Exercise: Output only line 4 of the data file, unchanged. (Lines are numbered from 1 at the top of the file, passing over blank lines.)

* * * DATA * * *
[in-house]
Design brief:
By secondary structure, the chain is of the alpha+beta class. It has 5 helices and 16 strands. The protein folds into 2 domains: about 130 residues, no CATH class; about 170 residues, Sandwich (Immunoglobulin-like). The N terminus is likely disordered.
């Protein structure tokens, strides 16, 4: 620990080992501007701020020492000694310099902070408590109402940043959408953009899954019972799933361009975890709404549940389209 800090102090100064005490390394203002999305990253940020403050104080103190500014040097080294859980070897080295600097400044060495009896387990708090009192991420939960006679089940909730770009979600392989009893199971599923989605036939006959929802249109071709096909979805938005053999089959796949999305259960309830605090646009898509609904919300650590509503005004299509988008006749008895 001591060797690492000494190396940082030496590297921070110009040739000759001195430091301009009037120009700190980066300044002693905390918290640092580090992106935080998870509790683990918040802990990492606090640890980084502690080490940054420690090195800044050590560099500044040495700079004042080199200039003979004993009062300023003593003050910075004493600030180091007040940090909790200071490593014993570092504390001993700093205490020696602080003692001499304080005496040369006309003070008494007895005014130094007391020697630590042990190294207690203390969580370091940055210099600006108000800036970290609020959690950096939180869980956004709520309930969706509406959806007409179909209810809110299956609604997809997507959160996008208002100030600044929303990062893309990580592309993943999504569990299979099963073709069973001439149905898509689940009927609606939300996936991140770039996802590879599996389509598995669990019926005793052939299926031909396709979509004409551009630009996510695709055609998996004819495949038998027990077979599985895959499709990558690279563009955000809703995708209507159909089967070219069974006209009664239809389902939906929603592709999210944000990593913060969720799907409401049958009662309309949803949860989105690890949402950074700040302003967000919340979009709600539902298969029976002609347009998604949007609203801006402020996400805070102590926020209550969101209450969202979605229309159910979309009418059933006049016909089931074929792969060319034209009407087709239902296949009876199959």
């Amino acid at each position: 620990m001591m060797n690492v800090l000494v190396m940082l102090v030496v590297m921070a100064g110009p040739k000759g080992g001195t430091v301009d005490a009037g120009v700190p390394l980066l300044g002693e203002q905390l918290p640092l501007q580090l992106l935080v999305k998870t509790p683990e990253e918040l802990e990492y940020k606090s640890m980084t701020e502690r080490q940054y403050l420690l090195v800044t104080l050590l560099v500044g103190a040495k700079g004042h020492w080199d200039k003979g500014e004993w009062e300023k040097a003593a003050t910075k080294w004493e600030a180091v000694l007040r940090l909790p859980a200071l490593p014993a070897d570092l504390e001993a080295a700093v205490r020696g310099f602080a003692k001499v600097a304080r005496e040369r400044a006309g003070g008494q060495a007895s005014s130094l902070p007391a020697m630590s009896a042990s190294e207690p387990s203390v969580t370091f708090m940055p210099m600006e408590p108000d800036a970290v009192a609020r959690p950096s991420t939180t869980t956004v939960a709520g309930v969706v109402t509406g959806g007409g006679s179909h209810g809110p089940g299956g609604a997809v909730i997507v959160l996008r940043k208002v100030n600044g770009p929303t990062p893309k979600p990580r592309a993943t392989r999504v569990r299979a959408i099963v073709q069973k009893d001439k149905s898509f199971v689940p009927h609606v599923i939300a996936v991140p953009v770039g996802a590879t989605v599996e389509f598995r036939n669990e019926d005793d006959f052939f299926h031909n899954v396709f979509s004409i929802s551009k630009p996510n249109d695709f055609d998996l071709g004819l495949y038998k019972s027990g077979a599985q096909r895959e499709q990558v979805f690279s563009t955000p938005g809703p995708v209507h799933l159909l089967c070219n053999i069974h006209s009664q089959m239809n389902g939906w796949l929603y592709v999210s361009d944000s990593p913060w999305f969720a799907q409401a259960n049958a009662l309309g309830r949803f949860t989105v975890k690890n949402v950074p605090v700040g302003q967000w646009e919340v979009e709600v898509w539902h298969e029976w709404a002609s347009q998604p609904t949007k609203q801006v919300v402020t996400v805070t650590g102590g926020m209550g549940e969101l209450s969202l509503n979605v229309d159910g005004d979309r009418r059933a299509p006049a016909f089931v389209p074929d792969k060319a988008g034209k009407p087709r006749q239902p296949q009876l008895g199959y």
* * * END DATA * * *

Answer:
């Protein structure tokens, strides 16, 4: 620990080992501007701020020492000694310099902070408590109402940043959408953009899954019972799933361009975890709404549940389209 800090102090100064005490390394203002999305990253940020403050104080103190500014040097080294859980070897080295600097400044060495009896387990708090009192991420939960006679089940909730770009979600392989009893199971599923989605036939006959929802249109071709096909979805938005053999089959796949999305259960309830605090646009898509609904919300650590509503005004299509988008006749008895 001591060797690492000494190396940082030496590297921070110009040739000759001195430091301009009037120009700190980066300044002693905390918290640092580090992106935080998870509790683990918040802990990492606090640890980084502690080490940054420690090195800044050590560099500044040495700079004042080199200039003979004993009062300023003593003050910075004493600030180091007040940090909790200071490593014993570092504390001993700093205490020696602080003692001499304080005496040369006309003070008494007895005014130094007391020697630590042990190294207690203390969580370091940055210099600006108000800036970290609020959690950096939180869980956004709520309930969706509406959806007409179909209810809110299956609604997809997507959160996008208002100030600044929303990062893309990580592309993943999504569990299979099963073709069973001439149905898509689940009927609606939300996936991140770039996802590879599996389509598995669990019926005793052939299926031909396709979509004409551009630009996510695709055609998996004819495949038998027990077979599985895959499709990558690279563009955000809703995708209507159909089967070219069974006209009664239809389902939906929603592709999210944000990593913060969720799907409401049958009662309309949803949860989105690890949402950074700040302003967000919340979009709600539902298969029976002609347009998604949007609203801006402020996400805070102590926020209550969101209450969202979605229309159910979309009418059933006049016909089931074929792969060319034209009407087709239902296949009876199959």